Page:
June 18th— the date EPA published its proposed rule to reduce greenhouse gas (GHG) emissions from existing power plants under section 111(d) of the federal Clean Air Act in the Federal Register—marked the beginning of a new era for state energy and environmental regulators. That’s because EPA’s proposal reflects an unprecedented, comprehensive, and flexible integration of energy and environmental policy. Such integration is unusual for these traditionally separate regulatory areas, but their integration in this rule will allow much greater flexibility. In fact, these regulators, rather than EPA, will take the lead in shaping how the rule is ultimately implemented in their states. EPA’s newfound flexibility for states is certainly welcome, but its implementation may prove daunting.

When I directed the Air Resources Division of the New Hampshire Department of Environmental Services, for example, we responded to new federal regulations like revised ozone or fine particle standards by identifying all the available compliance options and determining the most cost-effective approaches. Back then, these were generally “inside the fence” options, usually involving different control technologies with varied operating and capital costs. Under the 111(d) proposal, however, “outside the fence” emissions reductions such as energy efficiency (EE) and renewable energy (RE) are also fair game. As a result, the number of options is too great, the available economic models are too limited, and the time window is too short for traditional analytical responses. Plus, state regulators’ budgets now provide too few resources to be consumed analyzing rule provisions that may never take effect.

Instead, state officials may be best served by doing what they already do best: undertaking expeditious planning with an eye toward underlying considerations that are often overlooked. Preparing for 111(d): 10 Steps Regulators Can Take Now, a new RAP policy brief, offers ten concrete actions along these lines that state energy regulators, environmental regulators, consumer advocates, and energy officers can take now and over the next year to lay the groundwork for developing an effective, approvable state 111(d) plan. These are “no regrets” options that can prepare states for success under whatever 111(d) rule is finalized, while simultaneously enabling states to more easily comply with other EPA regulations in a cost-effective manner. These actions include:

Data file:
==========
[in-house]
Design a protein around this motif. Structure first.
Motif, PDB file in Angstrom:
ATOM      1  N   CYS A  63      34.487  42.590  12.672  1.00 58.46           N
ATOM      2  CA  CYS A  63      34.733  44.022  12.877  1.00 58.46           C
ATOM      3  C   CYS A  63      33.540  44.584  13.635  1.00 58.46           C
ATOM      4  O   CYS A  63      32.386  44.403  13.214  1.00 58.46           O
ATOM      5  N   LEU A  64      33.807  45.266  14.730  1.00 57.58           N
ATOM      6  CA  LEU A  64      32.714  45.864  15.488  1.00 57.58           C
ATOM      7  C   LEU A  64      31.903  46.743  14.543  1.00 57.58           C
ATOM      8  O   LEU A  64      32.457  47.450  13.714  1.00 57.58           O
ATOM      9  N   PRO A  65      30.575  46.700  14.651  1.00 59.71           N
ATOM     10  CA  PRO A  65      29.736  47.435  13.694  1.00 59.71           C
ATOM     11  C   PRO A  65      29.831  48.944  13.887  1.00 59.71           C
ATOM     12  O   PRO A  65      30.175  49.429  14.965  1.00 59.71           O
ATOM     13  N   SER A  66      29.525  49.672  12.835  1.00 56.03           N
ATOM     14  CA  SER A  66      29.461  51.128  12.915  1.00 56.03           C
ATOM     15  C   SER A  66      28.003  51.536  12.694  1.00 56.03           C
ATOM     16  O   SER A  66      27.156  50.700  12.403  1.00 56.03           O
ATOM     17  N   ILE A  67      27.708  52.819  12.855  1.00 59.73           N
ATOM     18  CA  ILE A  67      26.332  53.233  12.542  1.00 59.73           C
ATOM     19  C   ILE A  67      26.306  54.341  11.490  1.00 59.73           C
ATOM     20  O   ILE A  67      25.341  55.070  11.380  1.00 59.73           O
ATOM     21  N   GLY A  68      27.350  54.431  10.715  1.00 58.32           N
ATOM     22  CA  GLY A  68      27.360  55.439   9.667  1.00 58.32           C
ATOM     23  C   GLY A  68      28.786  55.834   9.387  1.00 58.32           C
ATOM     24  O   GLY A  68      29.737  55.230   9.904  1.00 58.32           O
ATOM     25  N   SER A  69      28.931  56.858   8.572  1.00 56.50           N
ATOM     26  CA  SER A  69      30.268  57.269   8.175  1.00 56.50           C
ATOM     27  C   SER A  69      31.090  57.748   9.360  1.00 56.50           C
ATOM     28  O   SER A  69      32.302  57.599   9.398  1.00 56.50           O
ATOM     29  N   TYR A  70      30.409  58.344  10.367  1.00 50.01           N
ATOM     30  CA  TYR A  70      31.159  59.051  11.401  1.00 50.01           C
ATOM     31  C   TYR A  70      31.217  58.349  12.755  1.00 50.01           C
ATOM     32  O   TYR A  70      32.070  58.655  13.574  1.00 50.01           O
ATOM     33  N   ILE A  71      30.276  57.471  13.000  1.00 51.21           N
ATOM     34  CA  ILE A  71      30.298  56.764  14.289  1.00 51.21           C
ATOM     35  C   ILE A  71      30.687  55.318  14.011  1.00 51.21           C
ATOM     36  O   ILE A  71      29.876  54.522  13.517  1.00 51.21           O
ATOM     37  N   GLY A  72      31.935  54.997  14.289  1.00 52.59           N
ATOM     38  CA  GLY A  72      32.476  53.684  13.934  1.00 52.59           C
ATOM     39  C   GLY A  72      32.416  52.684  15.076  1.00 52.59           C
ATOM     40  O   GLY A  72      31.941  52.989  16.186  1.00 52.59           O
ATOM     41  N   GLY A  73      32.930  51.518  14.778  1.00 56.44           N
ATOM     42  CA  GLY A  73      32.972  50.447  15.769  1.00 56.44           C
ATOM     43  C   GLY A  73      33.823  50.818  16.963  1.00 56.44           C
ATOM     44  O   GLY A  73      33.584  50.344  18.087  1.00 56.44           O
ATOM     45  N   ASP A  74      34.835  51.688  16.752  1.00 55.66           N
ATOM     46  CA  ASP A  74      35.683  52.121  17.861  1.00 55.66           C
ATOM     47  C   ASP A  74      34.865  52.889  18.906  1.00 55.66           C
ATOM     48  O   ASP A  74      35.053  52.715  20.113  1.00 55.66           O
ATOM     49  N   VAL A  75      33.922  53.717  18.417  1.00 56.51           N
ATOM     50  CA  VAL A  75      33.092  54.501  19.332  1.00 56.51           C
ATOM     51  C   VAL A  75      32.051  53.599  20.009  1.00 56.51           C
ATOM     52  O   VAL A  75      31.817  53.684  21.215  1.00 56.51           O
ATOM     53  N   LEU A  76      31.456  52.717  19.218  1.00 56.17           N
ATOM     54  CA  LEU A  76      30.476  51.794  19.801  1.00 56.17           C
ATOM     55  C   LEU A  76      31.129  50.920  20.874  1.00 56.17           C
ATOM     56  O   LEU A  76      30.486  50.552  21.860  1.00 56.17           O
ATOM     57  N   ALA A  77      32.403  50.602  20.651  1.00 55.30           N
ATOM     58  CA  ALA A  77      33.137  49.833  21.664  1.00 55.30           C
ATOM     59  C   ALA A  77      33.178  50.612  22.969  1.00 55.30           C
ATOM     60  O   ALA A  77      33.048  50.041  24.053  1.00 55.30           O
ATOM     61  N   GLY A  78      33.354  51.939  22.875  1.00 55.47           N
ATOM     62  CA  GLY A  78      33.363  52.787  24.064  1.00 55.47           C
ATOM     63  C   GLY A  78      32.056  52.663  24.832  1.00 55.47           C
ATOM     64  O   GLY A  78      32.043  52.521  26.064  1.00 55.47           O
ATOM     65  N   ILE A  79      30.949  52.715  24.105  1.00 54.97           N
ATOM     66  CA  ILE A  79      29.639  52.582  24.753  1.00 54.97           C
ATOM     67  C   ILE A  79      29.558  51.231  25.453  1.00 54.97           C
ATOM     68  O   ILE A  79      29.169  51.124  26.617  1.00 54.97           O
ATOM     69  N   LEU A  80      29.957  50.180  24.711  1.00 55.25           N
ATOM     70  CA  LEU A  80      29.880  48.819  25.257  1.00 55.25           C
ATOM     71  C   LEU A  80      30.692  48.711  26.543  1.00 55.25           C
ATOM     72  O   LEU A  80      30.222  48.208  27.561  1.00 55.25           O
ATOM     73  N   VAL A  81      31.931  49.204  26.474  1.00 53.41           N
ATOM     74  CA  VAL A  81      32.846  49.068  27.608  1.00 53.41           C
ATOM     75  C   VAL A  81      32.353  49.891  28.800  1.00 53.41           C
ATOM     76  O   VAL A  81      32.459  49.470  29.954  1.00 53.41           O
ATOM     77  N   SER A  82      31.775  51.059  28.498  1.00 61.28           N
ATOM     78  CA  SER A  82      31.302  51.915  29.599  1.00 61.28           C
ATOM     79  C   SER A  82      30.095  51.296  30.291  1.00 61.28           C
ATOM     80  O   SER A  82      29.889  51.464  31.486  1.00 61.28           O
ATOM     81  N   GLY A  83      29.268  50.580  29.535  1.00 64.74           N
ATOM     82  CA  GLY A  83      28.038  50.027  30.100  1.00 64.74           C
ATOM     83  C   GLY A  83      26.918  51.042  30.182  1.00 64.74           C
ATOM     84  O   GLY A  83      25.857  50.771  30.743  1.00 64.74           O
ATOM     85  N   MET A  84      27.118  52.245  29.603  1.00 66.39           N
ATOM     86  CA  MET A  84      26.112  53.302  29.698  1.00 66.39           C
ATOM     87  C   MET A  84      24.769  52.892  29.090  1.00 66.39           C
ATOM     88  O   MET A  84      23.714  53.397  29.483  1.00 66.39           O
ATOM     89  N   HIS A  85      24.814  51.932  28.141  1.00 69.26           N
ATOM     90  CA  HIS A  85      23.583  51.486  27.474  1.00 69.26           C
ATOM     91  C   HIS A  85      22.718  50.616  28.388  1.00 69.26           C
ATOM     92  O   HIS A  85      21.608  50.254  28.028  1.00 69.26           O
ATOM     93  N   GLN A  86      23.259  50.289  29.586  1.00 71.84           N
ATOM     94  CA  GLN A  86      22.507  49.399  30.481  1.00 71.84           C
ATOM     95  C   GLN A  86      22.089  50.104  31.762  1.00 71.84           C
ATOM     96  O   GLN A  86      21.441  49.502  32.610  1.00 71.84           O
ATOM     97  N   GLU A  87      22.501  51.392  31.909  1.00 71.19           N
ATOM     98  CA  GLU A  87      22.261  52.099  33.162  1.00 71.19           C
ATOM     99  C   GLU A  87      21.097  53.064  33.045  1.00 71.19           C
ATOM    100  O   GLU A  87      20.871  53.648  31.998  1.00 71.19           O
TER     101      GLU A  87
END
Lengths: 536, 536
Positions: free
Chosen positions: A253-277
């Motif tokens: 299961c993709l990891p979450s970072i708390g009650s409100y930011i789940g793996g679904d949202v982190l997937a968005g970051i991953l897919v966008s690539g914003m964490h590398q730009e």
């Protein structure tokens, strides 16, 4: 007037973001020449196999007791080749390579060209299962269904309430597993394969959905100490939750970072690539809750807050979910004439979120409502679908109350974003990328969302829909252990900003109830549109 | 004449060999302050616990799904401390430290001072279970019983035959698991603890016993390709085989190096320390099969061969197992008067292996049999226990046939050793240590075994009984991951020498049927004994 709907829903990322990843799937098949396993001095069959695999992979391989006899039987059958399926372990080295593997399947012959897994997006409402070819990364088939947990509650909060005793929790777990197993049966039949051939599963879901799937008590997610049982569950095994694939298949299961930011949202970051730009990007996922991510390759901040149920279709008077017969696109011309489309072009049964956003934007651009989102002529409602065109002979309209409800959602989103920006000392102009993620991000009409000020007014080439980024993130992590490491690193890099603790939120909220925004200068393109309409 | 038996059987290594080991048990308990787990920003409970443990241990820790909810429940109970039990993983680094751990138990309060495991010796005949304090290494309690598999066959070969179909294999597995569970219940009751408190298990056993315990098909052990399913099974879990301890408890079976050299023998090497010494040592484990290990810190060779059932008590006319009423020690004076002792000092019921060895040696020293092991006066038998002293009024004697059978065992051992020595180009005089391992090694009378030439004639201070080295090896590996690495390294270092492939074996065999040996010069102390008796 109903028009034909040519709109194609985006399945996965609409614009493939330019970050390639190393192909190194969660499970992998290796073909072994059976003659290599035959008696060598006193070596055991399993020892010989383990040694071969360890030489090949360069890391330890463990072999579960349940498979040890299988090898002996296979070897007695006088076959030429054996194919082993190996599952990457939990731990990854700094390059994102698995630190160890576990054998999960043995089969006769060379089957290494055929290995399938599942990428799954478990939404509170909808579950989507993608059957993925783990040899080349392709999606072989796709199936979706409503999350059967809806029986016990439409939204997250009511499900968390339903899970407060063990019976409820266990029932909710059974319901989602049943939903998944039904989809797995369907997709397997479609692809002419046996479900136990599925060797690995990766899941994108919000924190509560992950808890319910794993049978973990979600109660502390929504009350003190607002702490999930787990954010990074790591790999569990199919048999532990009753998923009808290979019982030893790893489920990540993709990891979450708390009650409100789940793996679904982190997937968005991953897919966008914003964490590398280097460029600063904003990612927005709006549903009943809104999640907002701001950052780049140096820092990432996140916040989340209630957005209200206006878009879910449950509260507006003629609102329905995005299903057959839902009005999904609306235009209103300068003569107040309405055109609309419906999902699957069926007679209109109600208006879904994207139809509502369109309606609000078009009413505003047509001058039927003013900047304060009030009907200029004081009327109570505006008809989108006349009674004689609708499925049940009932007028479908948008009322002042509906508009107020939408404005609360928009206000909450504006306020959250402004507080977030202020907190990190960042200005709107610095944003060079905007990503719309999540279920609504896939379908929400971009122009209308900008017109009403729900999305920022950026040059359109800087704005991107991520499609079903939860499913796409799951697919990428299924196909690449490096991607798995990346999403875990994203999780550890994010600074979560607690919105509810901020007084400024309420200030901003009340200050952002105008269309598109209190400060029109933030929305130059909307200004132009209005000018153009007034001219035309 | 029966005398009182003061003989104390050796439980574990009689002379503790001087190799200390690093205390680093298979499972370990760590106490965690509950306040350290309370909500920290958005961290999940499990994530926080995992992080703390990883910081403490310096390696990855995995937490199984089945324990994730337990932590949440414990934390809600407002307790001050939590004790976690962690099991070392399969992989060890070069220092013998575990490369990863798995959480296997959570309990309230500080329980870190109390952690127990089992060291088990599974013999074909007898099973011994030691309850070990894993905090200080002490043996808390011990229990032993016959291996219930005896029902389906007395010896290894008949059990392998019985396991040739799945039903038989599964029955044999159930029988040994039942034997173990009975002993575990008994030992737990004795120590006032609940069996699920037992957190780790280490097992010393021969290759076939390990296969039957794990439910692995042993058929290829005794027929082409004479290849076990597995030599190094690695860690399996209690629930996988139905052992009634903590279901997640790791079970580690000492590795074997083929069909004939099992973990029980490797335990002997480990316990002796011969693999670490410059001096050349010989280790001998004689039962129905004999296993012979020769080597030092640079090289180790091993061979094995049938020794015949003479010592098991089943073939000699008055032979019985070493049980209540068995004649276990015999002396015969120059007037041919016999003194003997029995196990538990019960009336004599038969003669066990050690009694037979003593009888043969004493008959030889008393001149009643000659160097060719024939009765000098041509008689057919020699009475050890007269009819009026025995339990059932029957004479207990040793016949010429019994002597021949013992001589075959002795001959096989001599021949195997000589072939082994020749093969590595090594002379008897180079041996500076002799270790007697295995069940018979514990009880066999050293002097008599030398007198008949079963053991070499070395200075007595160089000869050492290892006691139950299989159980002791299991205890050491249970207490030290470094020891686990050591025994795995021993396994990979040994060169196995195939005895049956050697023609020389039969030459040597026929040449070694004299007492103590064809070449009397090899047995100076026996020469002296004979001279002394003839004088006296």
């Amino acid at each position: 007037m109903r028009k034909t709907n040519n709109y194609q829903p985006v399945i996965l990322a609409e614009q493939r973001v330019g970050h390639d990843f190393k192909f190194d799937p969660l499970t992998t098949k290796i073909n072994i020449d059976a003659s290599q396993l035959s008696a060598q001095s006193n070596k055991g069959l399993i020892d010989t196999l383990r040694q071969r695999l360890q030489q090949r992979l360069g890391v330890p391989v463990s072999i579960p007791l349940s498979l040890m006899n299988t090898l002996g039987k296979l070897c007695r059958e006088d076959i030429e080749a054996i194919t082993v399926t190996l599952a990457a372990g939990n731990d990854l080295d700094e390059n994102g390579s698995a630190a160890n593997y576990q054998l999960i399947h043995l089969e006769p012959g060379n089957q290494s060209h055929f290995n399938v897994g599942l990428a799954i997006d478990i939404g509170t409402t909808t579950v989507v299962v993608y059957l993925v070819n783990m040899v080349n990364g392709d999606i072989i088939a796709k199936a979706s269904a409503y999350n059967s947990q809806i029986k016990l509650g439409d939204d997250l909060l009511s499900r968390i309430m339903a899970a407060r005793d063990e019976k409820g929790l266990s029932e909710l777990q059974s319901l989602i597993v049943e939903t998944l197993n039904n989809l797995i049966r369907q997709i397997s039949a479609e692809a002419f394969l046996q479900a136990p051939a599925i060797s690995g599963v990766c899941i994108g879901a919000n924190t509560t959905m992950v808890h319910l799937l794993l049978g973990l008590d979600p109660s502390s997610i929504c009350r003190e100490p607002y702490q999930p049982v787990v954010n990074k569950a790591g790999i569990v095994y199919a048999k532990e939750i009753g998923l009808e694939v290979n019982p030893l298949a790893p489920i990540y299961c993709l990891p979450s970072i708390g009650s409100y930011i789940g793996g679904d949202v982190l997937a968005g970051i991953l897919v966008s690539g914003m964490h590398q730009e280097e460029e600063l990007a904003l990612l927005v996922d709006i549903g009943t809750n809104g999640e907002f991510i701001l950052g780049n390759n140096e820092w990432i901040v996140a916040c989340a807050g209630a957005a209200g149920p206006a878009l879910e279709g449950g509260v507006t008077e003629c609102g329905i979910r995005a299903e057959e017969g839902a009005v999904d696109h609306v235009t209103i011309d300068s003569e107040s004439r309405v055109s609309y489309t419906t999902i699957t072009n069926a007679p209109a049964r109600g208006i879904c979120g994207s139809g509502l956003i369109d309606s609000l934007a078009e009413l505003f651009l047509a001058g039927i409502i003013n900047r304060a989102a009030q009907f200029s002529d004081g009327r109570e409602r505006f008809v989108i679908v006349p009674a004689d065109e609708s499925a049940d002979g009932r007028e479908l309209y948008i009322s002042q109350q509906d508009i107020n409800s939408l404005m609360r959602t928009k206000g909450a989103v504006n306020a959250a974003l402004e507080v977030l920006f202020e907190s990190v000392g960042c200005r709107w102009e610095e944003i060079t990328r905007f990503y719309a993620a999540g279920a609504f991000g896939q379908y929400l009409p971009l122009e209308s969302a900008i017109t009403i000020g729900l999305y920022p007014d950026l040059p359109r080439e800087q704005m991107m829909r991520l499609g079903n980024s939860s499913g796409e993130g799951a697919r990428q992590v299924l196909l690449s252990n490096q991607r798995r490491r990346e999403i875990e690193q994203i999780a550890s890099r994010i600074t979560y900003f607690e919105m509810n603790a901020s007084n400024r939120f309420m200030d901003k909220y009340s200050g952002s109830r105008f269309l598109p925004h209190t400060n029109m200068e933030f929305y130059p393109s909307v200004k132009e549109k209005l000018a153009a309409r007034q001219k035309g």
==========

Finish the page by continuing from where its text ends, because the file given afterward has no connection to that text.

1. Engage with fellow state regulators to ensure awareness and coordination regarding joint energy and environmental goals.
  2. Engage with other states to explore opportunities to coordinate and reduce costs.
  3. Engage and strengthen relationships with EPA regional offices.
  4. Initiate or deepen engagement with the ISO/RTO or those responsible for managing the regional electricity grid.
  5. Evaluate the state’s evaluation, measurement, and verification (EM&V) protocols for EE programs.
  6. Update or conduct potential studies for EE and RE.
  7. Determine if additional value can be obtained from state EE and RE programs.
  8. Incorporate GHGs in relevant energy and environmental planning and regulatory processes.
  9. Consider the staging of actions to reduce GHG emissions.
  10. Eliminate “silos” that segregate regulatory treatment of multiple pollutants (e.g., CO2, SO2, NOx) and media impacts (e.g., air, water, waste).

Importantly, EPA requested comments throughout the proposed rule. This signals an opportunity for states. EPA is working through the same questions states face: how best to maximize flexibility and environmental integrity while minimizing cost and bureaucracy. So, EPA’s solicitation of comments is a chance for states to identify and recommend better ways for EPA to implement 111(d) program elements. Take advantage of this opportunity; there is no downside.

EPA’s 111(d) proposal broke new ground by directly integrating energy and environmental policy and providing unprecedented compliance flexibility. However, states will have to adapt their energy and environmental regulatory infrastructures and historical practices in order to take full advantage of this opportunity to pursue integrated, state-specific, cost-effective approaches.

Morphing the traditional practices of air regulators and utility regulators into the broad new permissiveness reflected in the proposed 111(d) rule may, in fact, prove more challenging for EPA, its regional offices, and state environmental and energy regulators to implement than it will be for the regulated community to actually comply with the rule.

States may look back on 111(d) as having spurred an overdue re-thinking of utility and environmental regulation as separate and distinct government functions. Ideally, it will foster the creation of a more integrated, streamlined, and economically efficient approach to both.